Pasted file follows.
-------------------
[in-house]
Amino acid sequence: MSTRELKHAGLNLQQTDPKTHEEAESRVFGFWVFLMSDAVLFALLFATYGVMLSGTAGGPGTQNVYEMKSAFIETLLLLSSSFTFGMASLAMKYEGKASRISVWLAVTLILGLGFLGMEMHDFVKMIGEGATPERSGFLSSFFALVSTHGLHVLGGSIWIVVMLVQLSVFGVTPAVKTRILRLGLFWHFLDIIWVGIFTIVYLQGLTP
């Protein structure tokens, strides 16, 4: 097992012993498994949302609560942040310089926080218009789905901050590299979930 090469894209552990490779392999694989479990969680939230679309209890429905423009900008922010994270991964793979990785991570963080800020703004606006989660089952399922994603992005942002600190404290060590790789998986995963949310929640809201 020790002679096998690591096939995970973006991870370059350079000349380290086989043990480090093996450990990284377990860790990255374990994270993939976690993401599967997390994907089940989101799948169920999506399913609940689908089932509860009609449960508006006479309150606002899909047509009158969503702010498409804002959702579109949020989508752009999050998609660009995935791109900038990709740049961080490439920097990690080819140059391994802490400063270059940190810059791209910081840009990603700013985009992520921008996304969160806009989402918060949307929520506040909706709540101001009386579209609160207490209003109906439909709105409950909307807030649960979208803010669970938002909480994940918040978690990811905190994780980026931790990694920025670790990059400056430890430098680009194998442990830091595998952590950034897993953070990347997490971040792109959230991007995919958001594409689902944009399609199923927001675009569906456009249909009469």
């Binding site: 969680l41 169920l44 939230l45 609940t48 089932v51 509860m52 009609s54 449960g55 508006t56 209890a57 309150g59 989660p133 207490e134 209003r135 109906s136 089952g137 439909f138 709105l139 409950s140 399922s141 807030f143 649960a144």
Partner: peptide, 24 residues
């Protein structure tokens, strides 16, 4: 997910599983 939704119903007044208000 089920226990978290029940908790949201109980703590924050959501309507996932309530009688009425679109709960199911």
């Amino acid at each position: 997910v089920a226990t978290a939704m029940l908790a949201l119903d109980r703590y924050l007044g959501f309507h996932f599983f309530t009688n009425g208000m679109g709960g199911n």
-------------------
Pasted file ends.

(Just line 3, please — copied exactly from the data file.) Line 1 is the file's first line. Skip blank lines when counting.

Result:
């Protein structure tokens, strides 16, 4: 097992012993498994949302609560942040310089926080218009789905901050590299979930 090469894209552990490779392999694989479990969680939230679309209890429905423009900008922010994270991964793979990785991570963080800020703004606006989660089952399922994603992005942002600190404290060590790789998986995963949310929640809201 020790002679096998690591096939995970973006991870370059350079000349380290086989043990480090093996450990990284377990860790990255374990994270993939976690993401599967997390994907089940989101799948169920999506399913609940689908089932509860009609449960508006006479309150606002899909047509009158969503702010498409804002959702579109949020989508752009999050998609660009995935791109900038990709740049961080490439920097990690080819140059391994802490400063270059940190810059791209910081840009990603700013985009992520921008996304969160806009989402918060949307929520506040909706709540101001009386579209609160207490209003109906439909709105409950909307807030649960979208803010669970938002909480994940918040978690990811905190994780980026931790990694920025670790990059400056430890430098680009194998442990830091595998952590950034897993953070990347997490971040792109959230991007995919958001594409689902944009399609199923927001675009569906456009249909009469």